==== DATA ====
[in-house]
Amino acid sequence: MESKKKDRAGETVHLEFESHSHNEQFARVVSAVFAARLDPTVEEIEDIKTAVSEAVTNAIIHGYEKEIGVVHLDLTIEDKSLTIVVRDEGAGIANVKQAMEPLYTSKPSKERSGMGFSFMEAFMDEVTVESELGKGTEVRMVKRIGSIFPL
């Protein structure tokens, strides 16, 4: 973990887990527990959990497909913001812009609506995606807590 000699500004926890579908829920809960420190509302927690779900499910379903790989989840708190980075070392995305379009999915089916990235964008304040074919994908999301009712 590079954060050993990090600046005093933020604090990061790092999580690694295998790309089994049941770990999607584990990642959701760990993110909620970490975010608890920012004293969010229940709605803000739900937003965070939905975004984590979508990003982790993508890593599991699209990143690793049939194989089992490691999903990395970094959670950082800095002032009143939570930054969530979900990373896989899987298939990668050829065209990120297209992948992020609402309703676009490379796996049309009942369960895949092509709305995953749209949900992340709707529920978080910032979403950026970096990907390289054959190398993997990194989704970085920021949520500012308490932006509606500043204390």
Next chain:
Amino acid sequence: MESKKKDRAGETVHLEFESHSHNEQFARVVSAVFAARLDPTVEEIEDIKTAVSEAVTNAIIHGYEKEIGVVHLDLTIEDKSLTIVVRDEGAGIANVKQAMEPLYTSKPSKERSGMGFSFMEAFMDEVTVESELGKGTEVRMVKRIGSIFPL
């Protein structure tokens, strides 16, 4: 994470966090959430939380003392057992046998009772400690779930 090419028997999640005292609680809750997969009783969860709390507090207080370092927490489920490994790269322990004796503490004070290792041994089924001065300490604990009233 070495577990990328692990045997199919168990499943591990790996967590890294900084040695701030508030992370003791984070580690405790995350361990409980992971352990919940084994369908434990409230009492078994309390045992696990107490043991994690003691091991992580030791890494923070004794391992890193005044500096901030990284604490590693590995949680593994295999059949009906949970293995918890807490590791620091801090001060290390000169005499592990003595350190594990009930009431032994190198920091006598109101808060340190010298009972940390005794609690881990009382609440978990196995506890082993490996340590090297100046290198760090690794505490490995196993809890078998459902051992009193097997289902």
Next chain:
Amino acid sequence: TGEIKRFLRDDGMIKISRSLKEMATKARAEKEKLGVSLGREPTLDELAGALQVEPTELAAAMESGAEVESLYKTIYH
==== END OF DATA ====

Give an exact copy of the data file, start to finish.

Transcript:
[in-house]
Amino acid sequence: MESKKKDRAGETVHLEFESHSHNEQFARVVSAVFAARLDPTVEEIEDIKTAVSEAVTNAIIHGYEKEIGVVHLDLTIEDKSLTIVVRDEGAGIANVKQAMEPLYTSKPSKERSGMGFSFMEAFMDEVTVESELGKGTEVRMVKRIGSIFPL
């Protein structure tokens, strides 16, 4: 973990887990527990959990497909913001812009609506995606807590 000699500004926890579908829920809960420190509302927690779900499910379903790989989840708190980075070392995305379009999915089916990235964008304040074919994908999301009712 590079954060050993990090600046005093933020604090990061790092999580690694295998790309089994049941770990999607584990990642959701760990993110909620970490975010608890920012004293969010229940709605803000739900937003965070939905975004984590979508990003982790993508890593599991699209990143690793049939194989089992490691999903990395970094959670950082800095002032009143939570930054969530979900990373896989899987298939990668050829065209990120297209992948992020609402309703676009490379796996049309009942369960895949092509709305995953749209949900992340709707529920978080910032979403950026970096990907390289054959190398993997990194989704970085920021949520500012308490932006509606500043204390």
Next chain:
Amino acid sequence: MESKKKDRAGETVHLEFESHSHNEQFARVVSAVFAARLDPTVEEIEDIKTAVSEAVTNAIIHGYEKEIGVVHLDLTIEDKSLTIVVRDEGAGIANVKQAMEPLYTSKPSKERSGMGFSFMEAFMDEVTVESELGKGTEVRMVKRIGSIFPL
């Protein structure tokens, strides 16, 4: 994470966090959430939380003392057992046998009772400690779930 090419028997999640005292609680809750997969009783969860709390507090207080370092927490489920490994790269322990004796503490004070290792041994089924001065300490604990009233 070495577990990328692990045997199919168990499943591990790996967590890294900084040695701030508030992370003791984070580690405790995350361990409980992971352990919940084994369908434990409230009492078994309390045992696990107490043991994690003691091991992580030791890494923070004794391992890193005044500096901030990284604490590693590995949680593994295999059949009906949970293995918890807490590791620091801090001060290390000169005499592990003595350190594990009930009431032994190198920091006598109101808060340190010298009972940390005794609690881990009382609440978990196995506890082993490996340590090297100046290198760090690794505490490995196993809890078998459902051992009193097997289902």
Next chain:
Amino acid sequence: TGEIKRFLRDDGMIKISRSLKEMATKARAEKEKLGVSLGREPTLDELAGALQVEPTELAAAMESGAEVESLYKTIYH